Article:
UN official urged to present true picture of region
China Daily

A staff member works in a textile factory at the integrated industrial park in Moyu County of Hotan, northwest China's Xinjiang Uygur Autonomous Region, Jan 11, 2022. [Photo/Xinhua]

In open letter, NGOs expect Bachelet to share what she saw, heard in Xinjiang

About 1,000 nongovernmental organizations from China and abroad recently signed an open letter, urging United Nations High Commissioner for Human Rights Michelle Bachelet to refuse to approve her office's release of a so-called assessment on the Xinjiang Uygur autonomous region, which the letter said is "full of lies".

In the letter dated July 15 and made public on Tuesday, the organizations expressed their serious concerns over the pressure that Bachelet has received from anti-China forces to approve the release of the assessment.

"Against the objective facts" and "completely untrue", the assessment is based on false accusations fabricated by those forces and false testimony given by overseas anti-China separatists, and it echoes lies about Xinjiang, the organizations said in the letter.

Once released, the assessment would be a political tool for certain countries to interfere in China's internal affairs and contain the country's development under the pretext of human rights, according to the letter.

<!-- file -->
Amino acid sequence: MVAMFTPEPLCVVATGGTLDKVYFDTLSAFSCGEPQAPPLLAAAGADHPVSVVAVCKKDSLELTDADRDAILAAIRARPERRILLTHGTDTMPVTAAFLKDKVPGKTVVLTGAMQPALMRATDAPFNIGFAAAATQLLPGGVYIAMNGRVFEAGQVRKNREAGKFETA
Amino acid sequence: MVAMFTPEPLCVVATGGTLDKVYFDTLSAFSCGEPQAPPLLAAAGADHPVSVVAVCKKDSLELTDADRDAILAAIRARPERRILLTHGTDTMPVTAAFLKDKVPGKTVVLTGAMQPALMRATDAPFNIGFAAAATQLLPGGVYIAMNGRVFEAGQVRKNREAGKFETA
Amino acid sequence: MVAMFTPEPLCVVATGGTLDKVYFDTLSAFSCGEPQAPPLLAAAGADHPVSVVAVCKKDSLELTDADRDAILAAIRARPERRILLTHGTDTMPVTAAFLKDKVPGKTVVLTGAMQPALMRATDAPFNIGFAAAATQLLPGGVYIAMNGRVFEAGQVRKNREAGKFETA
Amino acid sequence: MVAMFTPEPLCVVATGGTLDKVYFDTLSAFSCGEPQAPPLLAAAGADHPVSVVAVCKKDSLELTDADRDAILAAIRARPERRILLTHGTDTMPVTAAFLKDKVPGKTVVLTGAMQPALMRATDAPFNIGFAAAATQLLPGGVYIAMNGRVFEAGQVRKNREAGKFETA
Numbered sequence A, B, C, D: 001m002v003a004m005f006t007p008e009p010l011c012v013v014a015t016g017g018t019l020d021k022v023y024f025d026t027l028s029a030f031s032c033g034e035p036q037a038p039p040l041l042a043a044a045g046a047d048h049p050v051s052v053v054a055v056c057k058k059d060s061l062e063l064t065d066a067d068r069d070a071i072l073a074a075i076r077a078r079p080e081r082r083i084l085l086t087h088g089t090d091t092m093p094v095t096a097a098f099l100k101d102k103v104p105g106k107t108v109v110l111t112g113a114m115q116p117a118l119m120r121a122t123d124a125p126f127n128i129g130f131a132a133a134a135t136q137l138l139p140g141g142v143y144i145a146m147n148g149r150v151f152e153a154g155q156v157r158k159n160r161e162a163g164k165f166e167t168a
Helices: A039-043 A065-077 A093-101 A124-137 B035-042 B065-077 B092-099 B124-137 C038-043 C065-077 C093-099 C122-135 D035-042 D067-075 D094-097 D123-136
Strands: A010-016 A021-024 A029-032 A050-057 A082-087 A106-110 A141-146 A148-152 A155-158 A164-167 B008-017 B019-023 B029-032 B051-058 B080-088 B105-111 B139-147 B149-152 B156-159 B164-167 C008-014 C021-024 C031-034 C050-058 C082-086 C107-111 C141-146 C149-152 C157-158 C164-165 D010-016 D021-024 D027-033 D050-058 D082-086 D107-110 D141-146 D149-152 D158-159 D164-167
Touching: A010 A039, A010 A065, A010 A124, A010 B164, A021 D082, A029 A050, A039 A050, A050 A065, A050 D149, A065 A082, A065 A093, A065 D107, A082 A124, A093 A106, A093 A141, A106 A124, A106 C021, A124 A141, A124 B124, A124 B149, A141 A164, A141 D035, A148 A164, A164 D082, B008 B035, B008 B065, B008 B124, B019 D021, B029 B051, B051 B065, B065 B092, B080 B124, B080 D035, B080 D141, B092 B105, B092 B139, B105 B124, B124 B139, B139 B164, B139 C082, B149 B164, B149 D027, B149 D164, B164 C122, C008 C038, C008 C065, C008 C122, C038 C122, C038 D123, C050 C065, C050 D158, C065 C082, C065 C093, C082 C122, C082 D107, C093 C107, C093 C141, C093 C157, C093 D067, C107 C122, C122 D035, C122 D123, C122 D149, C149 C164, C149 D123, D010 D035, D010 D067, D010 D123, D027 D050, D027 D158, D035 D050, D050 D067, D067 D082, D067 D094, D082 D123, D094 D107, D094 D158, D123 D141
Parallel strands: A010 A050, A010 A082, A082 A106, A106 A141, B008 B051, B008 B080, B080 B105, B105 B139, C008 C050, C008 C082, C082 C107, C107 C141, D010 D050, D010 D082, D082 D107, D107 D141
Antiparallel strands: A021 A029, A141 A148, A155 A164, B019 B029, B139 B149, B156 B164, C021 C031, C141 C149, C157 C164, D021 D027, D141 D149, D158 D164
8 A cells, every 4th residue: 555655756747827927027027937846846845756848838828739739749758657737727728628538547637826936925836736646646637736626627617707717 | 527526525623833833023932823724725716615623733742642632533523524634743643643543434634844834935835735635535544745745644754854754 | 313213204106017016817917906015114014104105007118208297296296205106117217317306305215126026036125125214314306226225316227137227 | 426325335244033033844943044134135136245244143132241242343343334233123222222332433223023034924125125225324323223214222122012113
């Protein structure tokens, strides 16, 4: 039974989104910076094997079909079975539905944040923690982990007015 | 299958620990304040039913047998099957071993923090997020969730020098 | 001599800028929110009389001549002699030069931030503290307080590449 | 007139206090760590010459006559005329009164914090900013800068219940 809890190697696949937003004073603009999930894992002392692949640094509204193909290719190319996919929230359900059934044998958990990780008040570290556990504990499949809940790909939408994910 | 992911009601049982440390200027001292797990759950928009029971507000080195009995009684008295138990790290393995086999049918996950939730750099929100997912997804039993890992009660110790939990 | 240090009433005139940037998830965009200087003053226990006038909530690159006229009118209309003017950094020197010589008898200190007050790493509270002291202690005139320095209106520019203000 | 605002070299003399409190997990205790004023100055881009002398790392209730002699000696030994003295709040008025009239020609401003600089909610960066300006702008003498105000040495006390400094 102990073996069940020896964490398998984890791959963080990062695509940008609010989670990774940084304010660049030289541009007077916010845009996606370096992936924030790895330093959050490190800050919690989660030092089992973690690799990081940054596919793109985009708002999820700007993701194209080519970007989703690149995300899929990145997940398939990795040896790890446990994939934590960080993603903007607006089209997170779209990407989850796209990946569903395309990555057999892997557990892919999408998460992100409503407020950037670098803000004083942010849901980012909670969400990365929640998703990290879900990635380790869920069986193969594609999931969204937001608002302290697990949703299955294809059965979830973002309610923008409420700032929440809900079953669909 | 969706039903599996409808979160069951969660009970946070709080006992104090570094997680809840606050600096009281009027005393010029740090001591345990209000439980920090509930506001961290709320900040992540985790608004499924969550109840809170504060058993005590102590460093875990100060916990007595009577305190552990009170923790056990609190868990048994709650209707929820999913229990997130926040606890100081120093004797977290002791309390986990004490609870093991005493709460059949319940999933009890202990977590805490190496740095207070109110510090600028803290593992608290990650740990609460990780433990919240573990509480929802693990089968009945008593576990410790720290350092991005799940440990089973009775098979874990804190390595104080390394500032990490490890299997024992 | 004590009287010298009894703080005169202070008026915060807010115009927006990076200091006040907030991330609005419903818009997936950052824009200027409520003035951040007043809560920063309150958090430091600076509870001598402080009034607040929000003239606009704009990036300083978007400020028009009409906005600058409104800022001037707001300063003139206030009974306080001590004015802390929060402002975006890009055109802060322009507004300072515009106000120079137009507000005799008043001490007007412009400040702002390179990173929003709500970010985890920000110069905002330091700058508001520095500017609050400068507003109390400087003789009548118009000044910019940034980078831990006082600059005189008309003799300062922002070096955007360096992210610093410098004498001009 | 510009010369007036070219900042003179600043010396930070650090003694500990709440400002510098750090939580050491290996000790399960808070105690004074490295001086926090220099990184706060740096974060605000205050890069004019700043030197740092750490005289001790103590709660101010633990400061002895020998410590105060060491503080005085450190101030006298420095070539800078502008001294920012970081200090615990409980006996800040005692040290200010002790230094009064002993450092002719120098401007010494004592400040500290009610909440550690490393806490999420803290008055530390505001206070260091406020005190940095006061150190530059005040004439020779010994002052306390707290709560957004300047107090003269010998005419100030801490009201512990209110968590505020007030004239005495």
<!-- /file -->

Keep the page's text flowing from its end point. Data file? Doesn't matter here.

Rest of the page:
The release also would damage the credibility of Bachelet and the Office of the UN High Commissioner for Human Rights, undermine developing countries' confidence in constructive cooperation with the office, and hurt the feelings of all 1.4 billion Chinese people, including the 25 million in Xinjiang, the signatories said.

"We are strongly opposed to the release of such an unreasonable, unauthorized and untruthful assessment," the letter read.

Bachelet visited China from May 23 to 28, during which time she met with President Xi Jinping via video link, met with State Councilor and Foreign Minister Wang Yi in Guangzhou, Guangdong province, and had talks with other senior Chinese officials.

During her stay in Xinjiang as part of the visit, Bachelet had field trips to Kashgar and Urumqi, where she talked with people, including ethnic minority group members and academics.

"We believe that you saw with your own eyes that Xinjiang has enjoyed sustained economic development, social stability, improvement of people's livelihood, cultural prosperity and religious harmony," the letter's signatories said, recalling extensive exchanges the high commissioner had during her visit to China.

"You gained a good knowledge of the fact and truth that people of all ethnic groups in Xinjiang enjoy various forms of human rights in accordance with law," they also said.

Calling on Bachelet and the Office of the UN High Commissioner for Human Rights to respect the authoritative information provided by UN member states, the signatories said that they expect her to draw a conclusion based on facts and present what she saw and heard in Xinjiang to the world in an objective and fair manner.